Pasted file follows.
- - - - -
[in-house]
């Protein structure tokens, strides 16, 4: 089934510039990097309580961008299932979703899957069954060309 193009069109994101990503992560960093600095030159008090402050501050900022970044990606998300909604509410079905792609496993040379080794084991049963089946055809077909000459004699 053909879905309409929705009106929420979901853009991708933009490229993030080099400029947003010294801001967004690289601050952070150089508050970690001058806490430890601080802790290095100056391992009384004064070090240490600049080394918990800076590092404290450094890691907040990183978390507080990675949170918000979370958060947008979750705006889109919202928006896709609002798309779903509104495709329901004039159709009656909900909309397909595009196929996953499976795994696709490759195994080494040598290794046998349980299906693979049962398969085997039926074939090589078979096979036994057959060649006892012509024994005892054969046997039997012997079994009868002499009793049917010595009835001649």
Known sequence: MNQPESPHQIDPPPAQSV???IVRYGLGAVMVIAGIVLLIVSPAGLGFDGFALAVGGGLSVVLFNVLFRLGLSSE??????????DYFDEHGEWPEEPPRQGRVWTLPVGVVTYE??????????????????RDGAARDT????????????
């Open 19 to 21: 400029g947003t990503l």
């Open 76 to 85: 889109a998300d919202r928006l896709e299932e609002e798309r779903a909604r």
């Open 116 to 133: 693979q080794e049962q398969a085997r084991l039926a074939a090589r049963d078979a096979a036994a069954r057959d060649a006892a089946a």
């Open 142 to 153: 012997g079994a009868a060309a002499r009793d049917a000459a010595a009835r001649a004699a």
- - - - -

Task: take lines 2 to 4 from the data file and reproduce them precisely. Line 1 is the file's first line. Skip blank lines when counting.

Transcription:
């Protein structure tokens, strides 16, 4: 089934510039990097309580961008299932979703899957069954060309 193009069109994101990503992560960093600095030159008090402050501050900022970044990606998300909604509410079905792609496993040379080794084991049963089946055809077909000459004699 053909879905309409929705009106929420979901853009991708933009490229993030080099400029947003010294801001967004690289601050952070150089508050970690001058806490430890601080802790290095100056391992009384004064070090240490600049080394918990800076590092404290450094890691907040990183978390507080990675949170918000979370958060947008979750705006889109919202928006896709609002798309779903509104495709329901004039159709009656909900909309397909595009196929996953499976795994696709490759195994080494040598290794046998349980299906693979049962398969085997039926074939090589078979096979036994057959060649006892012509024994005892054969046997039997012997079994009868002499009793049917010595009835001649």
Known sequence: MNQPESPHQIDPPPAQSV???IVRYGLGAVMVIAGIVLLIVSPAGLGFDGFALAVGGGLSVVLFNVLFRLGLSSE??????????DYFDEHGEWPEEPPRQGRVWTLPVGVVTYE??????????????????RDGAARDT????????????
């Open 19 to 21: 400029g947003t990503l």